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FairShare content usage

Give FairShare your RSS feed and they'll go looking for content theft. If they find any, they package the info about the offending websites into an RSS feed that tells you the percentage of your text that they copied, the number of words, whether or not they included a link back to you and (most important, as we'll see in a moment) whether or not they are running ads using your content.

The ad usage is what FairShare is ultimately after: they want to convince ad networks like Google et al. to pay some percentage of earnings back to the owner of the content.

No doubt the scraper sites who plague all of us don't like that idea, but those of us whose content gets scraped would love to see that happen. It's probably unlikely, but there's no harm in trying and there's certainly no harm in being aware of who is stealing your pages. Of course knowing it's yours and proving that you are the original author are two different things, but if this idea ever got any traction I'm sure that could be worked out.

In the meantime, I'm finding the usual assortment of fair use, questionable use, and outright thievery. Note that because this works from an RSS feed, nothing stops you (well, nothing stops me, anyway) from constructing another "feed" of older, high popularity pages that you want FairShare to examine. A lot of the stuff that people copy from me is older posts - perhaps the patina of age makes them more attractive or (more likely) perhaps the content thieves feel that older posts are less likely to be noticed. Those older posts also have the advantage of being easy to research - you can see what keywords cause them to get good position, you can see how fresh Google's cache is (that's yet another indication of popularity). The smarter thieves cherry pick rather than drive off with truckloads.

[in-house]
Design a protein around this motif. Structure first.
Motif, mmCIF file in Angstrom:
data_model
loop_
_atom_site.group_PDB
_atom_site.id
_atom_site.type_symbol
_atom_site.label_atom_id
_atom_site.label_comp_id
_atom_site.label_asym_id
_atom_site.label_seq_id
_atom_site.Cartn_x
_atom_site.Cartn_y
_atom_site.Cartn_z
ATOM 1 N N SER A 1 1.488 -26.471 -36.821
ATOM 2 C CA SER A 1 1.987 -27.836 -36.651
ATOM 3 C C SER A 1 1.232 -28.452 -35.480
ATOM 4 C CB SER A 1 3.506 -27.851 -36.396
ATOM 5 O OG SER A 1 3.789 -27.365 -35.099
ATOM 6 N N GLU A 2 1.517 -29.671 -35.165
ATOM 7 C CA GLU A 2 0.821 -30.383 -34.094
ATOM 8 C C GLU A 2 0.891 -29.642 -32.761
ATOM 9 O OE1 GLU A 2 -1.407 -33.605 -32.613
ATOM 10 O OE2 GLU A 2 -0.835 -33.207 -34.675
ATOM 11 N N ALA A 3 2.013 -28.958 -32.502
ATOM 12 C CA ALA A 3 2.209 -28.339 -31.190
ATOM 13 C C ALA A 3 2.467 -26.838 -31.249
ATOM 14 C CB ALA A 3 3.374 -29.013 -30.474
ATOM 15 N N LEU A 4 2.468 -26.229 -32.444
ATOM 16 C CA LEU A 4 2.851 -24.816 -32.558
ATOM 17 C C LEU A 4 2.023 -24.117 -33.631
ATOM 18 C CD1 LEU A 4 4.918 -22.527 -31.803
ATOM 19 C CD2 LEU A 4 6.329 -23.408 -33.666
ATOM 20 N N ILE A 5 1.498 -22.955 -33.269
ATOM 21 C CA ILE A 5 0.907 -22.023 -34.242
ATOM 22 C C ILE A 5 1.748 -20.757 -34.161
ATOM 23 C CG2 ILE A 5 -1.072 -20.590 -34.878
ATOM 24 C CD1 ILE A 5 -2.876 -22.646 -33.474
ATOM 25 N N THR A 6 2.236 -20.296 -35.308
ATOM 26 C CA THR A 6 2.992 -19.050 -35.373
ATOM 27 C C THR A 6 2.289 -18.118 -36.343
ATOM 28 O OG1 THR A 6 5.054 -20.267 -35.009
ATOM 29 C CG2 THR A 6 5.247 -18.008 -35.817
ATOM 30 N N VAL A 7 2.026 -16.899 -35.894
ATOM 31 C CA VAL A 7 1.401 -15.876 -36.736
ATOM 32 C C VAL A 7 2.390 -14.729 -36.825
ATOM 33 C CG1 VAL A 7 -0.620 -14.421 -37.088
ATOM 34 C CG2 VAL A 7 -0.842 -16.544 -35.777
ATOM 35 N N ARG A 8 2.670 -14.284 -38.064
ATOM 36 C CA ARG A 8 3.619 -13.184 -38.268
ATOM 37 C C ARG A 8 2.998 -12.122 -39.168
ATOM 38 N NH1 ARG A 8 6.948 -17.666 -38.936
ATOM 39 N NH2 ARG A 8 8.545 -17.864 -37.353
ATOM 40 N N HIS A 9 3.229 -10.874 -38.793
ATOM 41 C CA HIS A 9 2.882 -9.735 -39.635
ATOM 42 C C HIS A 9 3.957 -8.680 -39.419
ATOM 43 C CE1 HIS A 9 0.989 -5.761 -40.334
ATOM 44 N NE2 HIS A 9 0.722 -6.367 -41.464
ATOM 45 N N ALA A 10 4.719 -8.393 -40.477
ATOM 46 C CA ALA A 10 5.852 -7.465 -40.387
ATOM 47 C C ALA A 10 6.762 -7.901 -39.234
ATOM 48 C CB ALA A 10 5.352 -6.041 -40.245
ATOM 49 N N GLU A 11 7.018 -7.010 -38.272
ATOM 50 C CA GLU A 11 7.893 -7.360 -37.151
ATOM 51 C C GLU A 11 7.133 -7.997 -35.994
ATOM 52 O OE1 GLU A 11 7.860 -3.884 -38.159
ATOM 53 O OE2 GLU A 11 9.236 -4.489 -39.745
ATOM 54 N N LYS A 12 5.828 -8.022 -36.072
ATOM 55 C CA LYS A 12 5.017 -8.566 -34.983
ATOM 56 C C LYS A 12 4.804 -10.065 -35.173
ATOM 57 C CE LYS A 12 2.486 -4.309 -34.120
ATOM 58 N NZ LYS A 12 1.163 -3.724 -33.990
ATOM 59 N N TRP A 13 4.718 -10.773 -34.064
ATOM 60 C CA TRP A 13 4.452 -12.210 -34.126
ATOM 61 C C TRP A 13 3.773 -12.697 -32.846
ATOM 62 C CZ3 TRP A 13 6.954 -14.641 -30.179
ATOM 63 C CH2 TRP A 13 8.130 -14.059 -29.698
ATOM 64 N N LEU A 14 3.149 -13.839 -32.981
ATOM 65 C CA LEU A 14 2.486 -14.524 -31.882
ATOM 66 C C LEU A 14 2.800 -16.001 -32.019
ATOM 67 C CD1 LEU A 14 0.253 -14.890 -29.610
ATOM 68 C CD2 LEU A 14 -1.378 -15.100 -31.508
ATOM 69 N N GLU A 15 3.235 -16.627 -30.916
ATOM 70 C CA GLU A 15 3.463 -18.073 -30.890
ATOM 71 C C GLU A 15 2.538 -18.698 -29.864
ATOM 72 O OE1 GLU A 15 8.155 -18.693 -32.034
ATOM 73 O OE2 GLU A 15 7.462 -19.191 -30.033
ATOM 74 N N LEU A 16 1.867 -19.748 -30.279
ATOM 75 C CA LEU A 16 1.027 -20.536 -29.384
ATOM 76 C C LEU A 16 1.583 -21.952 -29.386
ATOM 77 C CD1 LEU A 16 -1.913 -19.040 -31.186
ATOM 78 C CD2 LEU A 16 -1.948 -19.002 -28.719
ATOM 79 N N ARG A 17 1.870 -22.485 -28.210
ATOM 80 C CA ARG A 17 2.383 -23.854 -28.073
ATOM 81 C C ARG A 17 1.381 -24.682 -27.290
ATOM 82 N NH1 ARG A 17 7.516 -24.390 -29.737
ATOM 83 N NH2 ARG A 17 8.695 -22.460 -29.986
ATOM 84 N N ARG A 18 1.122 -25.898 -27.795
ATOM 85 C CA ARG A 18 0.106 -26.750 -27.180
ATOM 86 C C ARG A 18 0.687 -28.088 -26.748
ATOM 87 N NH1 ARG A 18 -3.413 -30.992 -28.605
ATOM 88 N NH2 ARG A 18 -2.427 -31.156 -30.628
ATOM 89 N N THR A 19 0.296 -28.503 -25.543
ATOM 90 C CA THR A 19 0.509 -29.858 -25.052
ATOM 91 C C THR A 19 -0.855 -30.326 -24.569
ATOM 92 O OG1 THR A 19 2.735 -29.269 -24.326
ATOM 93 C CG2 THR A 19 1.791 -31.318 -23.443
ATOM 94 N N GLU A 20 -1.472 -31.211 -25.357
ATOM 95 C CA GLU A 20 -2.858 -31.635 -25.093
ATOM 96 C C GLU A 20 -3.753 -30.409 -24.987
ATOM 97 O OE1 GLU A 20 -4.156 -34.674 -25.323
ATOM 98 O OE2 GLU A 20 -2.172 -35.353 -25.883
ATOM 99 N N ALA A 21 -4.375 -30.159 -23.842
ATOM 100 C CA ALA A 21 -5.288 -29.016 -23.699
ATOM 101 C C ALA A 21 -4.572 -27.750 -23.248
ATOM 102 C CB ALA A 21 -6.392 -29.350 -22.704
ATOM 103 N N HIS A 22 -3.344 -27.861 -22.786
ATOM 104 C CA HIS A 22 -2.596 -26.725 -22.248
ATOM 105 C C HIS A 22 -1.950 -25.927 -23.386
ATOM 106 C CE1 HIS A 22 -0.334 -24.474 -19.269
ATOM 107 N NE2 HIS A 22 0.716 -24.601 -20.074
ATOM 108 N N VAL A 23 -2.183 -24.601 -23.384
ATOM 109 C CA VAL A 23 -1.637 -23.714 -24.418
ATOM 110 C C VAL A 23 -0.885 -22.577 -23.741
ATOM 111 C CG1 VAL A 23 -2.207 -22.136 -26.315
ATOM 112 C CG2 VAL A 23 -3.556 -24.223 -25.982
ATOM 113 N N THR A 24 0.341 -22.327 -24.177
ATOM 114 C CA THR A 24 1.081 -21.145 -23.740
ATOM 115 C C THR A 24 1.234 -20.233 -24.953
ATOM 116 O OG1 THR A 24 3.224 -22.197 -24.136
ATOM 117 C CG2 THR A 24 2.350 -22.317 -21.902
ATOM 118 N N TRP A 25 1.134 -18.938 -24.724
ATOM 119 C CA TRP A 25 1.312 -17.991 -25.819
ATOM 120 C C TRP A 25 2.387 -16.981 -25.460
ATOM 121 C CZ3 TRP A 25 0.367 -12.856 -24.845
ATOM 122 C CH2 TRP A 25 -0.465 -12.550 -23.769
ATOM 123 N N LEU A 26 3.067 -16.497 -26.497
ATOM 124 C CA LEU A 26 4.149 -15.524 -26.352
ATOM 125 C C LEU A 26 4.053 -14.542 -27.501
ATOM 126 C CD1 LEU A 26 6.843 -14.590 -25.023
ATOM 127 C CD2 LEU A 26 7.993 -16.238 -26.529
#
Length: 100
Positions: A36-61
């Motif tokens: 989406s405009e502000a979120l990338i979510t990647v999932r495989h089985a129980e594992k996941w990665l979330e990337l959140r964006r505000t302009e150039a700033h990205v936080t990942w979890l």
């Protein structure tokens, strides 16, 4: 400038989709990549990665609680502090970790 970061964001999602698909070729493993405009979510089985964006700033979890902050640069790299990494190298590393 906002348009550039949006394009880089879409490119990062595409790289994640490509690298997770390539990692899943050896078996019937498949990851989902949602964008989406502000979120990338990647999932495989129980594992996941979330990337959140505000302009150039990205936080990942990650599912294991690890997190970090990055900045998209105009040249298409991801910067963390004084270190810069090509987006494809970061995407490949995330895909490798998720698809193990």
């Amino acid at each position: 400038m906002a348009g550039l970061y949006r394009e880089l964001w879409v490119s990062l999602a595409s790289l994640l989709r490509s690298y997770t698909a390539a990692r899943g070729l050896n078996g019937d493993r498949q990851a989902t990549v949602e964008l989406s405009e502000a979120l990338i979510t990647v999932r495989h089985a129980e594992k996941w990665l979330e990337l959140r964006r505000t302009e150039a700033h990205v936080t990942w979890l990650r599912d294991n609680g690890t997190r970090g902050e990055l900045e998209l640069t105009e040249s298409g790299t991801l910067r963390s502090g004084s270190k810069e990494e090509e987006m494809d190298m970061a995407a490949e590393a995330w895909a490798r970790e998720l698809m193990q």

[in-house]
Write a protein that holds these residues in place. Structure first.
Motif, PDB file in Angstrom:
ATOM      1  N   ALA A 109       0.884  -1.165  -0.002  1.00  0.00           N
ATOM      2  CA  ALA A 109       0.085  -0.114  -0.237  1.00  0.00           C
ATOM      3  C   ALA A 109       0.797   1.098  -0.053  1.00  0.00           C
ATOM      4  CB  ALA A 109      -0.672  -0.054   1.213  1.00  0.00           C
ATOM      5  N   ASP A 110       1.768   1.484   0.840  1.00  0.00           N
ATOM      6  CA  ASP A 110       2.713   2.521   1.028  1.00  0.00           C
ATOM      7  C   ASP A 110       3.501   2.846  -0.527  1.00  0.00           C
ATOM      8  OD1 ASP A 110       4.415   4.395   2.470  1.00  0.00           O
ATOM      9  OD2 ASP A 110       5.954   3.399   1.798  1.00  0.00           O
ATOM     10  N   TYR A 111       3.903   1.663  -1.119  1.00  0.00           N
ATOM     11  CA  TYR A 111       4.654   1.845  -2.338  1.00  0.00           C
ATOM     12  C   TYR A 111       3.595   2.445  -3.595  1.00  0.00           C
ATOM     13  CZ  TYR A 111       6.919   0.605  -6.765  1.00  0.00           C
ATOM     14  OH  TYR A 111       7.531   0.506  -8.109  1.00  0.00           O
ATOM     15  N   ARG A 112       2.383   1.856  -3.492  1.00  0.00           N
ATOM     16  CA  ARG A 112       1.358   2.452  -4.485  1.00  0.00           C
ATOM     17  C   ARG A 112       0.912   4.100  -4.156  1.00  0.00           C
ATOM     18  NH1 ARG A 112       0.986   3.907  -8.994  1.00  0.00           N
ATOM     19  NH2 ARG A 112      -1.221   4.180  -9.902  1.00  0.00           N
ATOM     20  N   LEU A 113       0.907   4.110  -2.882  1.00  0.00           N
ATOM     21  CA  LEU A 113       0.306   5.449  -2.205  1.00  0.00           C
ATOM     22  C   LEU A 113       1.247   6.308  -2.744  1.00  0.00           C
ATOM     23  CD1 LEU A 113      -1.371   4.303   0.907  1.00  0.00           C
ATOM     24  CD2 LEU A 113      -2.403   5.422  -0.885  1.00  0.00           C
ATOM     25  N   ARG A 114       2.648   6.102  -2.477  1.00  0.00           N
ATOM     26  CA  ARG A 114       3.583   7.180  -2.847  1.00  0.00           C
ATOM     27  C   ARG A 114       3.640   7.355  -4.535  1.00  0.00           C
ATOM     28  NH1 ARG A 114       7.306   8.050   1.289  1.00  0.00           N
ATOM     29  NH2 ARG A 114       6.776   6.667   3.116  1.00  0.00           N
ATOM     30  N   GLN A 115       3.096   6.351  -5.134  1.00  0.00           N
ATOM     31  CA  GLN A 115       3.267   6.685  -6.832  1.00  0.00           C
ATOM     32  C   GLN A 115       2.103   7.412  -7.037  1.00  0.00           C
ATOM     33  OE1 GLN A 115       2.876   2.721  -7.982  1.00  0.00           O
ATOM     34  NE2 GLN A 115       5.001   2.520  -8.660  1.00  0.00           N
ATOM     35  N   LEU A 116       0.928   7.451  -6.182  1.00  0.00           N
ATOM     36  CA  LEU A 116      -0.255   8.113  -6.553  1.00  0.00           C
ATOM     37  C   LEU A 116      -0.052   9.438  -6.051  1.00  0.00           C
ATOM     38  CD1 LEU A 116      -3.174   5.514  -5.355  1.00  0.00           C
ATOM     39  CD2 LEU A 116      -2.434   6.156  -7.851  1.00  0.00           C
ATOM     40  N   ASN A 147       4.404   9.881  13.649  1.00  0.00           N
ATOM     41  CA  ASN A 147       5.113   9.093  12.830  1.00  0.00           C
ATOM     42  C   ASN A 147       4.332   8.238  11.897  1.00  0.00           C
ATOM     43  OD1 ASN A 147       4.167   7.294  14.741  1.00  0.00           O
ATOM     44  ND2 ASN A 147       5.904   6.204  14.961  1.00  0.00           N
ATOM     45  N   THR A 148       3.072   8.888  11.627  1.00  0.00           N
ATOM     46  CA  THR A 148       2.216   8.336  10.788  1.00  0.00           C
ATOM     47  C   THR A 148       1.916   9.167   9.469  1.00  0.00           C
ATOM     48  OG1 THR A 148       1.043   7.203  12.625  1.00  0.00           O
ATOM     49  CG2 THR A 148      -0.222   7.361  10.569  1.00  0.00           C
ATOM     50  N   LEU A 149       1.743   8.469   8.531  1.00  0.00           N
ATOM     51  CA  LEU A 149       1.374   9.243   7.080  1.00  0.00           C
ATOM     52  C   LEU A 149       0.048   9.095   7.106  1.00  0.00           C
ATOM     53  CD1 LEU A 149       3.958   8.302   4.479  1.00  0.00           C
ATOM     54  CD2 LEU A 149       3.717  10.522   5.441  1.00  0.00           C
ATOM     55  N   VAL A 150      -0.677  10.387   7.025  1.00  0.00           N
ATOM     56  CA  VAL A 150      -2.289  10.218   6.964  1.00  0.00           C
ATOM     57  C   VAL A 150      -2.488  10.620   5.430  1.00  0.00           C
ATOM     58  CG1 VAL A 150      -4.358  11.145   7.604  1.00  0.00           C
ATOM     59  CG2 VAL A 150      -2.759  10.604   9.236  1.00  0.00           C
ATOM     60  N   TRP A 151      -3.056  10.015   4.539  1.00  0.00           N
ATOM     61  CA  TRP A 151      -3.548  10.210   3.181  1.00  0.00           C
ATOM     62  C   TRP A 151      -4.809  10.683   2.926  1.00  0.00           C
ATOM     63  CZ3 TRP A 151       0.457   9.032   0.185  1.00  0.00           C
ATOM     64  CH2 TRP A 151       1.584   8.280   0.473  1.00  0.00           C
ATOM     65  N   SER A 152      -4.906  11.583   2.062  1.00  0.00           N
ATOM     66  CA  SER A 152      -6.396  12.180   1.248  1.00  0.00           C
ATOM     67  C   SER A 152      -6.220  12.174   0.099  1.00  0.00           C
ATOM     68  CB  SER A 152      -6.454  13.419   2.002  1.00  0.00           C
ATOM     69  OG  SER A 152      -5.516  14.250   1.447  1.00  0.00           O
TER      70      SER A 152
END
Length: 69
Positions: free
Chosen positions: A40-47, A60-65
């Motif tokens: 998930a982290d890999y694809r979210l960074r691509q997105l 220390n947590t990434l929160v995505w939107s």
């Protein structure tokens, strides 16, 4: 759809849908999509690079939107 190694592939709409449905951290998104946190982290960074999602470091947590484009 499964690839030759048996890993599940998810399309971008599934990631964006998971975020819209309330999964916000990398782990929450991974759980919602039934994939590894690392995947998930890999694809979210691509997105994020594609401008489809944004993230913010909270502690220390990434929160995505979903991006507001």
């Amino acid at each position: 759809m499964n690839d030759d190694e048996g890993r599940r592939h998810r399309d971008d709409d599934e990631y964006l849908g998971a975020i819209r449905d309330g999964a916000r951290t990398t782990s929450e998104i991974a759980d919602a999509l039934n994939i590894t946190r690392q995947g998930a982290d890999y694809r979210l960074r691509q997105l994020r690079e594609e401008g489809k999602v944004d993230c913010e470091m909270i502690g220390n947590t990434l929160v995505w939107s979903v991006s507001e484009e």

So, it's a good idea to sign up for this. You may find that nobody is stealing anything - that would be a little depressing, wouldn't it? But even if that's true now, it doesn't mean that you will remain unsullied. Let FairShare do its thing and maybe you'll catch someone in the act.

See also Copyright and plagiarism

Tony Lawrence, FairShare 2009-05-21 Rating: 4.0.

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© Anthony Lawrence

Thu May 21 23:25:49 2009: 6390   MartinMalden

Hi Tony,

Thanks for pointing this out - what an excellent service..! I really hope it does take off - although no doubt the nefariously minded will find other ways to do their stealing.



Sun May 24 23:25:16 2009: 6400   JonathanBailey

I agree about FairShare. I've worked with Attributor, the company behind it, in the past and was very excited when they first told me about the FairShare project. It's a huge step forward for bloggers that want to track their content. I don't find that much with my feed (not too many stupid enough to scrape a copyright blog) but, like you, I find a mix of reuse.

As far as the consortium goes, I'm like you, I'm not optimistic it will work, but hopeful and want to support it. The idea seems fair and apparently Google is doing something similar with the NYT already.

Could be an interesting couple of years...;

Sun Jun 23 19:36:49 2013: 12147   TonyLawrence


The url still exists but it doesn't look like they are involved with plagiarism any longer.

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